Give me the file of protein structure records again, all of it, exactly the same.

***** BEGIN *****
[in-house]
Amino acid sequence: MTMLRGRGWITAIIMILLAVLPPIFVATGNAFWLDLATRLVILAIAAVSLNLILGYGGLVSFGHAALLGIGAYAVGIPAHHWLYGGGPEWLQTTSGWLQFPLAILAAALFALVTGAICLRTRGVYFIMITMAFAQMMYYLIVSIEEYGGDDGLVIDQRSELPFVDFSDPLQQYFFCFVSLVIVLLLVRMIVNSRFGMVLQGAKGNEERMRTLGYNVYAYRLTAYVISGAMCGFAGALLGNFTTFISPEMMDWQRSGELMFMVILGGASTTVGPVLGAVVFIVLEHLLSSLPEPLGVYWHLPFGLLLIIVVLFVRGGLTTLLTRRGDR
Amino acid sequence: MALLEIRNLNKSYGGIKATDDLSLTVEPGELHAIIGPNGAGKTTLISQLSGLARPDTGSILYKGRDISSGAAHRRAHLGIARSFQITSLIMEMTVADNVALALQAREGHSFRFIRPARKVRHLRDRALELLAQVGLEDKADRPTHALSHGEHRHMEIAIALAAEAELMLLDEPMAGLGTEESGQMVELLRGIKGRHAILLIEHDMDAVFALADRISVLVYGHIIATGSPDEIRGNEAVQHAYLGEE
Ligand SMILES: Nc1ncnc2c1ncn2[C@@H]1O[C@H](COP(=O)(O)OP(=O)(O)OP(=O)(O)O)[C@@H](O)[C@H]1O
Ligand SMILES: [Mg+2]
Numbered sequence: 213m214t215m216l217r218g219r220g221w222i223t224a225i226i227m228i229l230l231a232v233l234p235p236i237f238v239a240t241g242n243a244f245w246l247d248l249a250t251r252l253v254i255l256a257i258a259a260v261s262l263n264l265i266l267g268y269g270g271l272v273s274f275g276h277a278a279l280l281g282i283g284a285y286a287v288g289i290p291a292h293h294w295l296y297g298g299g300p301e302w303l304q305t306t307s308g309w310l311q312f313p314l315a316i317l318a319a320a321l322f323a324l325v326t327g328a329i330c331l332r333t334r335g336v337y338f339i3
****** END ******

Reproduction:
[in-house]
Amino acid sequence: MTMLRGRGWITAIIMILLAVLPPIFVATGNAFWLDLATRLVILAIAAVSLNLILGYGGLVSFGHAALLGIGAYAVGIPAHHWLYGGGPEWLQTTSGWLQFPLAILAAALFALVTGAICLRTRGVYFIMITMAFAQMMYYLIVSIEEYGGDDGLVIDQRSELPFVDFSDPLQQYFFCFVSLVIVLLLVRMIVNSRFGMVLQGAKGNEERMRTLGYNVYAYRLTAYVISGAMCGFAGALLGNFTTFISPEMMDWQRSGELMFMVILGGASTTVGPVLGAVVFIVLEHLLSSLPEPLGVYWHLPFGLLLIIVVLFVRGGLTTLLTRRGDR
Amino acid sequence: MALLEIRNLNKSYGGIKATDDLSLTVEPGELHAIIGPNGAGKTTLISQLSGLARPDTGSILYKGRDISSGAAHRRAHLGIARSFQITSLIMEMTVADNVALALQAREGHSFRFIRPARKVRHLRDRALELLAQVGLEDKADRPTHALSHGEHRHMEIAIALAAEAELMLLDEPMAGLGTEESGQMVELLRGIKGRHAILLIEHDMDAVFALADRISVLVYGHIIATGSPDEIRGNEAVQHAYLGEE
Ligand SMILES: Nc1ncnc2c1ncn2[C@@H]1O[C@H](COP(=O)(O)OP(=O)(O)OP(=O)(O)O)[C@@H](O)[C@H]1O
Ligand SMILES: [Mg+2]
Numbered sequence: 213m214t215m216l217r218g219r220g221w222i223t224a225i226i227m228i229l230l231a232v233l234p235p236i237f238v239a240t241g242n243a244f245w246l247d248l249a250t251r252l253v254i255l256a257i258a259a260v261s262l263n264l265i266l267g268y269g270g271l272v273s274f275g276h277a278a279l280l281g282i283g284a285y286a287v288g289i290p291a292h293h294w295l296y297g298g299g300p301e302w303l304q305t306t307s308g309w310l311q312f313p314l315a316i317l318a319a320a321l322f323a324l325v326t327g328a329i330c331l332r333t334r335g336v337y338f339i3